Lost amidst all the “streaming wars” hoopla is the basic fact that subscription services, for the most part, jettison advertising as a key part of their overall value proposition. That’s the challenge. But the opportunity for brands is to engage more deeply and impactfully with specific coveted audiences. Through it all, traditional ad-supported television broadcasters’ long-term prospects continue to dim, but their short-term bottom lines are buoyed by SVOD giants that spend billions of dollars to break out (not to mention political candidates who bet it all during this upcoming pivotal election year). Marketing expenditures skyrocket as a result in 2020.

Prediction#3 – Mega media-tech M&A comes to a crawl (for now) in the wake of Viacom’s acquisition of CBS. 2020 marks the first year of rest after the past several years of frenetic dealmaking. Now, virtually all major “traditional” media companies have found their dance partners.

That doesn’t mean that media and entertainment M&A is gone forever. Behemoth tech born media companies will ultimately target Netflix, Spotify and others to serve as strategically critical pieces in their much larger machines. Amazon, Apple, Google, Facebook, and Verizon are prime suspects here. And, don’t forget massive international media-tech players like Alibaba and TenCent. We live in a borderless media and entertainment world now.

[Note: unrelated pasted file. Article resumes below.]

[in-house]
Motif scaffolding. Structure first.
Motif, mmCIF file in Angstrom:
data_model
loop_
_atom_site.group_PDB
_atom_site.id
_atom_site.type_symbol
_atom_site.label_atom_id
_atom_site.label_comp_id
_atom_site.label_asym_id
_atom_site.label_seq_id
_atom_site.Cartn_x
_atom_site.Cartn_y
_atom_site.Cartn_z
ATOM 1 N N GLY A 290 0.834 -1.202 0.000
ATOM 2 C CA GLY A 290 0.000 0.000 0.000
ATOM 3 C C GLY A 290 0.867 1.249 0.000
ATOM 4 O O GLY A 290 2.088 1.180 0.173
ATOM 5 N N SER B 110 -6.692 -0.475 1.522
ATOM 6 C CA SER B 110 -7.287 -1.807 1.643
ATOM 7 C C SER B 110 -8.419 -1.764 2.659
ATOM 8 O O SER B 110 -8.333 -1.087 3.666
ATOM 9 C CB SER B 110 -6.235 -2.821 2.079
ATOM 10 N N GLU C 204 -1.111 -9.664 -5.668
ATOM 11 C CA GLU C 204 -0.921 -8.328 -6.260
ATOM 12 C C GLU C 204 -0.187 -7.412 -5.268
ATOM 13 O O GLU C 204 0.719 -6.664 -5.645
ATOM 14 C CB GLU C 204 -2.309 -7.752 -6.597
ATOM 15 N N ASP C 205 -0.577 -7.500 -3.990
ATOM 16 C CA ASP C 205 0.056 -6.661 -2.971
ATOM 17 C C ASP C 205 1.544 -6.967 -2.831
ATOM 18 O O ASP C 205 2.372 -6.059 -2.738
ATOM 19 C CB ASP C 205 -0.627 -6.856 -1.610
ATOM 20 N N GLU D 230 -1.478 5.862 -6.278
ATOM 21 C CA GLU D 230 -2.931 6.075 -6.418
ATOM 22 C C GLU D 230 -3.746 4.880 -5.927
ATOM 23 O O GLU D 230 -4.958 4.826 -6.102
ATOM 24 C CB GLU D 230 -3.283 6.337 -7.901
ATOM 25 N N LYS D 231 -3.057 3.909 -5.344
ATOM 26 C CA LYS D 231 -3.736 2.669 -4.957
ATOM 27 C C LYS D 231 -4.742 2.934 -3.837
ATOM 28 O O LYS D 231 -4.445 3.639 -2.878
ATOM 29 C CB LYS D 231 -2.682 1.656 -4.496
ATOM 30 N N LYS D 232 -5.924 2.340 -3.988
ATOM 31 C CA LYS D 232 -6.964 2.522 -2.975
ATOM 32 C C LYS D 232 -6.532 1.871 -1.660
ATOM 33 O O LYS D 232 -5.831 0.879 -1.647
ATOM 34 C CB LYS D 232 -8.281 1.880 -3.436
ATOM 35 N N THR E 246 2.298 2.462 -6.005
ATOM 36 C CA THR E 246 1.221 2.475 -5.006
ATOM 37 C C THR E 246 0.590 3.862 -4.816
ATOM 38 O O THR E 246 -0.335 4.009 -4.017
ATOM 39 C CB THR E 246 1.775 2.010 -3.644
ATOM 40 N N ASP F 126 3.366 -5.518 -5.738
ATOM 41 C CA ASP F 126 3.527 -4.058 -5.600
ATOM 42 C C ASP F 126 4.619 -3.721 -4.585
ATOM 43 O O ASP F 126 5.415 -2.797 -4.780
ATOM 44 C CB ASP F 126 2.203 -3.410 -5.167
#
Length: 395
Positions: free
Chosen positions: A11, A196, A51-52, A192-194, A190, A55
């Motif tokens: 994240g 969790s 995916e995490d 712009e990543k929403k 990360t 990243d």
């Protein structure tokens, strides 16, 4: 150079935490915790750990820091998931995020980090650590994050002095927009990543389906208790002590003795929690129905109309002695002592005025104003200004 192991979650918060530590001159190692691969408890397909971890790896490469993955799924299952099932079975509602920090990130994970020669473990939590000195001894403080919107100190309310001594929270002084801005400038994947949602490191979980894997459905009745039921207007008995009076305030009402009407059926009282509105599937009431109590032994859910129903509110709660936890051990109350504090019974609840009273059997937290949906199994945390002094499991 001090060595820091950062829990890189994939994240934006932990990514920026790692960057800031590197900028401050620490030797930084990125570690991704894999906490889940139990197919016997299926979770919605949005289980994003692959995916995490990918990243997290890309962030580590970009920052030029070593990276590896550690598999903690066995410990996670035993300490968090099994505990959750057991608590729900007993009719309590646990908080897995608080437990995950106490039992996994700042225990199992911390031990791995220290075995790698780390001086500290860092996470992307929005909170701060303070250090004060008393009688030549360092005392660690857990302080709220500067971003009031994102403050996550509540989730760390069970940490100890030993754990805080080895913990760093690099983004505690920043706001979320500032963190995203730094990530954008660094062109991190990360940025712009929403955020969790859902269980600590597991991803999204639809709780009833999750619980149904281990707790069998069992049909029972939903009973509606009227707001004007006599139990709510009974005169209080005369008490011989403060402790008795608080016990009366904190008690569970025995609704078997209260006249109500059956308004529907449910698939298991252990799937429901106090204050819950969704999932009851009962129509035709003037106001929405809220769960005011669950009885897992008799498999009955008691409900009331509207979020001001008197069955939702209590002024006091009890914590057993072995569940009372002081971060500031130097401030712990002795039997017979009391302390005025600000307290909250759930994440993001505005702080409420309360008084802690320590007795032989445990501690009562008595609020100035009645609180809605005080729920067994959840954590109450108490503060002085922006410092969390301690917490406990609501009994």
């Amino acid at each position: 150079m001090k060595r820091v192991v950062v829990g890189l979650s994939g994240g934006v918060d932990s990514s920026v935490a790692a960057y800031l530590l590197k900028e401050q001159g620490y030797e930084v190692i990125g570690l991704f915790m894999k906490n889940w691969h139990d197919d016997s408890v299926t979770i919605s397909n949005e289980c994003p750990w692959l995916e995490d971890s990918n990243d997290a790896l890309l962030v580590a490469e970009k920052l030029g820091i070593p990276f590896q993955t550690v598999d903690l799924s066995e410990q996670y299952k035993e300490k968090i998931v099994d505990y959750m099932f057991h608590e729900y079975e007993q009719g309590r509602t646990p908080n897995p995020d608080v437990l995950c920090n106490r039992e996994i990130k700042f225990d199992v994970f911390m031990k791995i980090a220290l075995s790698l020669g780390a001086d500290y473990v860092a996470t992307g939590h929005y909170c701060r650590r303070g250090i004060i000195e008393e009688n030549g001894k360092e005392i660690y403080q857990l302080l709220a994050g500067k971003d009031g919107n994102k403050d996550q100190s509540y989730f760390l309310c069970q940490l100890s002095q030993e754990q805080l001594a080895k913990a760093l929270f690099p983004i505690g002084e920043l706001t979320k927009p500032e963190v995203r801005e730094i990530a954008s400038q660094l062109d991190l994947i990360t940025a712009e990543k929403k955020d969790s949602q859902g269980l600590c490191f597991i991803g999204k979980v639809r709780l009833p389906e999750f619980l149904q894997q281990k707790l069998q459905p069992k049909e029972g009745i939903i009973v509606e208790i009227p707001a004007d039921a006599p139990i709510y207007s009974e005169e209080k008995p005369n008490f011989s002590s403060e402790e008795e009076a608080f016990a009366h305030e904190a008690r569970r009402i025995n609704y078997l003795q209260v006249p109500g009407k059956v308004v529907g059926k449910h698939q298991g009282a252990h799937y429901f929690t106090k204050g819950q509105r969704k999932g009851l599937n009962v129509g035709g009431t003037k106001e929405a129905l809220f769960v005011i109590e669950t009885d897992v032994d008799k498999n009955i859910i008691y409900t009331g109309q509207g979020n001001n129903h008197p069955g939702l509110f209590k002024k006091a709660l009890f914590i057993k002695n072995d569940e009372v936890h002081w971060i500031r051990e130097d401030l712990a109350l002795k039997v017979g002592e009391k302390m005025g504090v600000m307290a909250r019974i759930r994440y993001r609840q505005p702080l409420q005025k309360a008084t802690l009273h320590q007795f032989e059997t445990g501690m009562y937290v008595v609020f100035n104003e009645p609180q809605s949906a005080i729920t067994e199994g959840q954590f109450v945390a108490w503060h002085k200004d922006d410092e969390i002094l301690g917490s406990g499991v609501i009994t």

Prediction #4 – Once maligned streaming again drives double-digit growth for the music industry. Spotify continues its leadership dominance and drives much of that growth, but adds greater losses that ultimately become unsustainable and make it ripe for acquisition.

Meanwhile, China-born social video music giant TikTok, which became a U.S. teen darling in 2019, deepens its fan engagement and monetization model and targets Spotify with its own subscription streaming service that launches in 2020. China’s Tencent Music, which also successfully drives and monetizes direct artist-fan engagement, points the way to others and underscores the global nature of media and entertainment (and players in it).

Podcasting’s consumer appeal and strategic importance to Spotify, Apple and others grow, but monetization at mass scale remains elusive.